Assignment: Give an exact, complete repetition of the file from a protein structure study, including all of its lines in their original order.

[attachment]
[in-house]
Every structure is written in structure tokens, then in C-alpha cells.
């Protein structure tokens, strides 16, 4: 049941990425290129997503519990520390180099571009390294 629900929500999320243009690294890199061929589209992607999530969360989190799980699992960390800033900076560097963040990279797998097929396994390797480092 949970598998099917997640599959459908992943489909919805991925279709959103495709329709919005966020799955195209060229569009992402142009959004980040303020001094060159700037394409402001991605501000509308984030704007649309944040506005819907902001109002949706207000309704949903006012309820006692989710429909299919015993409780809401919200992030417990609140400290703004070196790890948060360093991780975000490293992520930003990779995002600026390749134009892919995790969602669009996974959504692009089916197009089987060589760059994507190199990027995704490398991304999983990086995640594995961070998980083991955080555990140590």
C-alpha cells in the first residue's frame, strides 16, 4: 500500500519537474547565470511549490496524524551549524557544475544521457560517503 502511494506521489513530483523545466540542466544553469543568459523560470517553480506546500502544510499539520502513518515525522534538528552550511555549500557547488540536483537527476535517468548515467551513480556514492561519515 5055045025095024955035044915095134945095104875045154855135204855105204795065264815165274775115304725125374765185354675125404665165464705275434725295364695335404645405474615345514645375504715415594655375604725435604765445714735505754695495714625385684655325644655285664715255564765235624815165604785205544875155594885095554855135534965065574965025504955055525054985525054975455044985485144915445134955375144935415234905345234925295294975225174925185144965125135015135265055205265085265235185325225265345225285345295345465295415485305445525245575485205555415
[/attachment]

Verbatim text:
[in-house]
Every structure is written in structure tokens, then in C-alpha cells.
């Protein structure tokens, strides 16, 4: 049941990425290129997503519990520390180099571009390294 629900929500999320243009690294890199061929589209992607999530969360989190799980699992960390800033900076560097963040990279797998097929396994390797480092 949970598998099917997640599959459908992943489909919805991925279709959103495709329709919005966020799955195209060229569009992402142009959004980040303020001094060159700037394409402001991605501000509308984030704007649309944040506005819907902001109002949706207000309704949903006012309820006692989710429909299919015993409780809401919200992030417990609140400290703004070196790890948060360093991780975000490293992520930003990779995002600026390749134009892919995790969602669009996974959504692009089916197009089987060589760059994507190199990027995704490398991304999983990086995640594995961070998980083991955080555990140590």
C-alpha cells in the first residue's frame, strides 16, 4: 500500500519537474547565470511549490496524524551549524557544475544521457560517503 502511494506521489513530483523545466540542466544553469543568459523560470517553480506546500502544510499539520502513518515525522534538528552550511555549500557547488540536483537527476535517468548515467551513480556514492561519515 5055045025095024955035044915095134945095104875045154855135204855105204795065264815165274775115304725125374765185354675125404665165464705275434725295364695335404645405474615345514645375504715415594655375604725435604765445714735505754695495714625385684655325644655285664715255564765235624815165604785205544875155594885095554855135534965065574965025504955055525054985525054975455044985485144915445134955375144935415234905345234925295294975225174925185144965125135015135265055205265085265235185325225265345225285345295345465295415485305445525245575485205555415